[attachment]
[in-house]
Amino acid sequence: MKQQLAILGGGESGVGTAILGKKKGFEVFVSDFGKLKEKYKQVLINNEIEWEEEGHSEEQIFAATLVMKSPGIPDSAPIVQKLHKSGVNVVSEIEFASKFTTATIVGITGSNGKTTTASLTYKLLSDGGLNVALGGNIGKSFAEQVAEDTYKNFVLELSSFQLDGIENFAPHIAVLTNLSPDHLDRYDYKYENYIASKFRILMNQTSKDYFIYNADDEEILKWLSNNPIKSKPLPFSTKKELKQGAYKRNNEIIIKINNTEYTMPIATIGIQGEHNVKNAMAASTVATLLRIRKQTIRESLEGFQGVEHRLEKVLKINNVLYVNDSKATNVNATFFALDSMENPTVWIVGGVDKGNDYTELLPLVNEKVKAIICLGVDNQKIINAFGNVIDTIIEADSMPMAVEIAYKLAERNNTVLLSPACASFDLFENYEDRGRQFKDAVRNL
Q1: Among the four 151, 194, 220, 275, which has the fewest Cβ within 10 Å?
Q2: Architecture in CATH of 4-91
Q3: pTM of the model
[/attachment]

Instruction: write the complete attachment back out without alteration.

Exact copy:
[in-house]
Amino acid sequence: MKQQLAILGGGESGVGTAILGKKKGFEVFVSDFGKLKEKYKQVLINNEIEWEEEGHSEEQIFAATLVMKSPGIPDSAPIVQKLHKSGVNVVSEIEFASKFTTATIVGITGSNGKTTTASLTYKLLSDGGLNVALGGNIGKSFAEQVAEDTYKNFVLELSSFQLDGIENFAPHIAVLTNLSPDHLDRYDYKYENYIASKFRILMNQTSKDYFIYNADDEEILKWLSNNPIKSKPLPFSTKKELKQGAYKRNNEIIIKINNTEYTMPIATIGIQGEHNVKNAMAASTVATLLRIRKQTIRESLEGFQGVEHRLEKVLKINNVLYVNDSKATNVNATFFALDSMENPTVWIVGGVDKGNDYTELLPLVNEKVKAIICLGVDNQKIINAFGNVIDTIIEADSMPMAVEIAYKLAERNNTVLLSPACASFDLFENYEDRGRQFKDAVRNL
Q1: Among the four 151, 194, 220, 275, which has the fewest Cβ within 10 Å?
Q2: Architecture in CATH of 4-91
Q3: pTM of the model